One such organization demonstrating ‘best practice’ in network management is Tokheim, a global managed service provider specializing in the retail oil and gas industry, whose purpose-built international network connects 5000 petrol service station customers worldwide. The success of Tokheim’s business rests on the quality of its network.

In 2013, with the future in mind, Tokheim set about evolving its business-critical network to ensure that it could support the fast growing, always-on transaction environment required by its network of branches To meet performance requirements, Tokheim centralized the application infrastructure management functions needed to monitor the variety of networked point-of-sales (POS) devices deployed on its customers’ forecourts. This upgrade delivers a faster, more reliable payment experience to its customers, supporting its efforts to increase market share. Importantly, the organization also delivered PCI-DSS compliant POS connectivity for its real-time transaction processing and, to minimise the risk of network down time, integrated a number of backup options including 3G and secure VPN remote access to networked locations worldwide.

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Tomorrow’s CPE: the Wimbledon of network virtualization?

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Despite the industry’s charge toward network virtualization, the need for customers to connect their routers to non-Ethernet legacy connections is not going away. Couple this with the fact that a bunch of emerging network functions require an on-prem appliance, and the virtualized ‘CPE of the future’ starts to feel, well, really rather physical. So, is the CPE the Wimbledon of the network; ever-present, resistant to change, but perhaps also capable of surprising us all with its innovations?

Take Wimbledon’s white dress code, for example; a deeply entrenched tradition that has become a defining characteristic of the tournament. But in recent years, however, the dress discipline has been partially relaxed. Today, the tournament accommodates at least some expressions of color. Similarly, the majority of CPE appliances that today deliver network connectivity and voice gateway functions are specialized devices, and will stoically remain so for the next few years. It’s just too expensive to do otherwise, until fiber with G.fast as a short-haul copper Ethernet extension become ubiquitous and all voice terminals are IP-based. Out of necessity, therefore, incumbent local exchange carriers (ILECs) will have little option but to support this CPE model. In other words, it looks like the traditionalists, both at the tennis and on the network, can rest easy. For now, at least.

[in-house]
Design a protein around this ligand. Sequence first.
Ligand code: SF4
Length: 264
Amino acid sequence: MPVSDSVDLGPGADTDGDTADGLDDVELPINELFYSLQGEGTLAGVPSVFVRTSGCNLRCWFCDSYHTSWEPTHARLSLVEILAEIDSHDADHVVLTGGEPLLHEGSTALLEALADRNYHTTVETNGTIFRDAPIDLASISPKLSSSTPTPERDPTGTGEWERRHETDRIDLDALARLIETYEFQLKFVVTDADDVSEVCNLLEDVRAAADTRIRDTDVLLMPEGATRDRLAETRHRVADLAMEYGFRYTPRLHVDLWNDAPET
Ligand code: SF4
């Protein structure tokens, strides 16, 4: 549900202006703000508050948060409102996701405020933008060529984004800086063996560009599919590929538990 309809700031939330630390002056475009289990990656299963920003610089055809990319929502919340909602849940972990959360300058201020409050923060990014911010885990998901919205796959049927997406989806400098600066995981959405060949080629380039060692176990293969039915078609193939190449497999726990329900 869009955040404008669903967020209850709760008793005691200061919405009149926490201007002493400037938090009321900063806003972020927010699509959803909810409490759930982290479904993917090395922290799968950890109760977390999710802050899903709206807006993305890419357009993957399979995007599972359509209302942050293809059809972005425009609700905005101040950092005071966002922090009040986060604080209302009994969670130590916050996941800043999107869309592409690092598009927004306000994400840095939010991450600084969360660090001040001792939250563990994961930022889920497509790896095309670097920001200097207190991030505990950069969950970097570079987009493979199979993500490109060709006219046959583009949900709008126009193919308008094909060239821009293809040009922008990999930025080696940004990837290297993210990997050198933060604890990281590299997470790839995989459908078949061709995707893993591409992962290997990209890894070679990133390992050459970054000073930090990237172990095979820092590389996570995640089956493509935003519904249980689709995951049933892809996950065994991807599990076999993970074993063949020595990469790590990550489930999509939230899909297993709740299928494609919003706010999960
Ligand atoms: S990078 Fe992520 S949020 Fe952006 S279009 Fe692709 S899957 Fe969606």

But pressure to change is mounting. Competitive local exchange carriers (CLECs), together with alternative network operators, are more agile and, since they can target Ethernet-only network connections, can move more quickly to a vCPE approach. That said, some network functions will need to remain ‘on premise’, namely link management, service demarcation and service assurance. The network functions that can migrate to the virtualized center will do so over time. In our Wimbledon analogy, this equates to another tournament altogether, played on a far more contemporary surface than Wimbledon’s time-honoured grass. Competition indeed for the ‘historic home of tennis’.

The need for some functions to remain on premise means that the CPE will increasingly comprise hybrid devices – ones that support both traditional network functions and those located in a centralized and virtualized core. Incidentally, this won’t be just a single data center, but rather a set of distributed virtualized centers located with the network infrastructure (most likely at POPs) to mitigate traffic tromboning.

The huge IT challenge of accommodating virtualized delivery of services mean that the CPE will also need to become a multi-tongued device able to speak next-generation protocols – Netconf, Openflow – as well as traditional CLI, TR-069 and SNMP. It seems inevitably that that, after holding out for as long as they can, traditionalists at both Wimbledon and in the CPE, will be forced to accept some variations, but only within ‘proper’ limits of course!